UPSC IAS Interview 2017-18

"The foremost challenge in governance today is to maintain the highest standards of probity, integrity, accountability, transparency and fair play"

By Prof. D P Agrawal, Hon’ble Chairman, UPSC

Hon’ble Vice President of India, Shri Hamid M Ansari; Hon’ble Members of the Commission; Distinguished Guests, Ladies and Gentlemen, It is with great pleasure that I extend a very warm welcome to Hon’ble Vice President of India, Shri Hamid M Ansari. The Union Public
Service Commission is deeply honoured that he has consented to deliver the second lecture on ‘Governance and Public Service’. The inaugural lecture in the series was delivered by Her Excellency, the President of India in 2009. We are extremely grateful to you, Sir.

The country has witnessed an all round development in almost all the sectors since last two decades. The need for maintaining the pace of development and the requirement to ensure that benefits of development percolate to all citizens pose a great challenge to governance system.

We need to evaluate and re-jig the systems of governance responsible for ensuring an effective public service delivery and to keep it efficient and people friendly. In the journey of 85 long years in its various incarnations, the Union Public Service Commission as a constitutional body while zealously guarding its independence has discharged its mandated functions - not only the recruitment and selection for the civil service under the Union, but also advising the Government on matters closely relating to manpower requirement in public services. At the same time, the Commission has also been fully alive to the emerging challenges of governance.

Good governance for effective public service delivery presupposes that the systems are manned by the right people with right skills and capabilities. While undertaking the recruitment and selections in a meritbased manner, the UPSC has always been open to innovations in the area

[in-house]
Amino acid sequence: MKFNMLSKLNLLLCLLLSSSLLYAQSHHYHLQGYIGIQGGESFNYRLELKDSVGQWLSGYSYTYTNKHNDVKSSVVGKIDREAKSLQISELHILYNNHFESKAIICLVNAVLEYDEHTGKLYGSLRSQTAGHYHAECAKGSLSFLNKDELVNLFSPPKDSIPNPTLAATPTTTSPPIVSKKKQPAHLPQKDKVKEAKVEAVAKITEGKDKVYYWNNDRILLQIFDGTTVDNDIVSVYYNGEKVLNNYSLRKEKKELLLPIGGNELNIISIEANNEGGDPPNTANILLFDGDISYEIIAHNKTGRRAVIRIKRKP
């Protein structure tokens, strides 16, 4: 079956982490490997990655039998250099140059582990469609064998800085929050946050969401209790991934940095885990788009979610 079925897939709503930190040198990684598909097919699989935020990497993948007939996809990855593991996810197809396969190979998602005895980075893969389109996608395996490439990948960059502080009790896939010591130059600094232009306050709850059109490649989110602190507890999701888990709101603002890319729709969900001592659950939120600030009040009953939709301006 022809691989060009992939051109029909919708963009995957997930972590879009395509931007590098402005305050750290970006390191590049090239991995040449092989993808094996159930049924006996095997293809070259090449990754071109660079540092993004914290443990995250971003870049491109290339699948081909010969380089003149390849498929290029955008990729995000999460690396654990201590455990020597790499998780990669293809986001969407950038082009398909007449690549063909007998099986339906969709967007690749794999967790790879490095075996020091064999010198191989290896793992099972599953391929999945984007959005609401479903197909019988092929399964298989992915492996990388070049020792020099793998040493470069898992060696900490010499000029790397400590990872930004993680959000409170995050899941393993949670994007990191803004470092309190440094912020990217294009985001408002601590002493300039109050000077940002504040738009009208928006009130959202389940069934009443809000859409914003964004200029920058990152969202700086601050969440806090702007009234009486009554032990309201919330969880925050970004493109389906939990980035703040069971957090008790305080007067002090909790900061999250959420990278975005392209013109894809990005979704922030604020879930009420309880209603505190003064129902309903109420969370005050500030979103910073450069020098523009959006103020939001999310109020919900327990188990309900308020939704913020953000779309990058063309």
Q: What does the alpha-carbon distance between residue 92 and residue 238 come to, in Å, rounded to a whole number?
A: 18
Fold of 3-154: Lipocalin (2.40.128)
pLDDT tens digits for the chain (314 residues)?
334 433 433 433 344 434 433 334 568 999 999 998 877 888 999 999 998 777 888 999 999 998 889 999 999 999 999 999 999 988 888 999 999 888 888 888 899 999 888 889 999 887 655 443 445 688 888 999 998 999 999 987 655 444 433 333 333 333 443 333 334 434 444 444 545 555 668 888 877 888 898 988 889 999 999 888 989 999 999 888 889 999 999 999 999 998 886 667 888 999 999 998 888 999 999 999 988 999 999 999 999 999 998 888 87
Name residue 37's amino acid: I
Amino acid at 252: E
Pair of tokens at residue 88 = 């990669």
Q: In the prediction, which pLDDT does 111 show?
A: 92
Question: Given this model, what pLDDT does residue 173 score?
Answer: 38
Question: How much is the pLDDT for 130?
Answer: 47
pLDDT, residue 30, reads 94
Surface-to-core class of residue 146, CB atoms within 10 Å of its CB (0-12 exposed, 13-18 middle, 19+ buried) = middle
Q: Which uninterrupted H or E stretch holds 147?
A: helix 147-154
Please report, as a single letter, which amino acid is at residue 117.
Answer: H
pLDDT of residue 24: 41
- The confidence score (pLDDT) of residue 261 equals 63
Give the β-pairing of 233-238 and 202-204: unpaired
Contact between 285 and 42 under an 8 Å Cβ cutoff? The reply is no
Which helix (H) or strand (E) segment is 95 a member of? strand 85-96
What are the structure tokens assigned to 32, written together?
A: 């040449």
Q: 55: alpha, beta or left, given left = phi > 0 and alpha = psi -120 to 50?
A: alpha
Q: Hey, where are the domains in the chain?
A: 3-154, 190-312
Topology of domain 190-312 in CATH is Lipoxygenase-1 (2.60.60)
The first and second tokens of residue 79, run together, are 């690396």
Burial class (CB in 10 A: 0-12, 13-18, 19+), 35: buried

of selection procedures and processes. The changes introduced in the Preliminary stage of the Civil Services Examination from this year are a pointer to the Commission’s commitment to select the most suitable person for the Civil Services. The changes in the scheme and pattern of
the Preliminary Examination are based on the principle of equity in as much as it will provide equal opportunity to the candidates from diverse educational and social backgrounds. We are also in discussion with the Govt. of India about an alternative method of selection for induction into All India Services from the State Services.

Commission handles more than 15 lakhs applications every year. To tackle this challenge Commission has introduced the system of online application for the candidates, which has been receiving an overwhelming response. Encouraged by the positive response, the Commission has
recently introduced hundred percent online application for two Examinations, namely Engineering Services Examination and Indian Forest Service Examination. To facilitate the candidates from the remote area, Commission permits them to apply off-line also.

Recently, UPSC also conducted successfully one online recruitment test at different centres in the country. Based on the experience from this experiment, the Commission may, in future, introduce online examinations and tests for other selections as well. The primary concern of the Commission is to recommend the selected candidates to the Government as soon as practically possible. Detailed analysis of delayed cases has been done in the Commission which revealed a number of lacunae in the proposals submitted by the Ministries. A number of workshops have been organized by the Commission for the Ministries/Departments to facilitate them to overcome these lacunas. In the same context, a Single Window System has been introduced, whereby a preliminary scrutiny of the cases is done at the time of receipt itself. I am happy to mention that this initiative has shown positive results in disposal of the cases.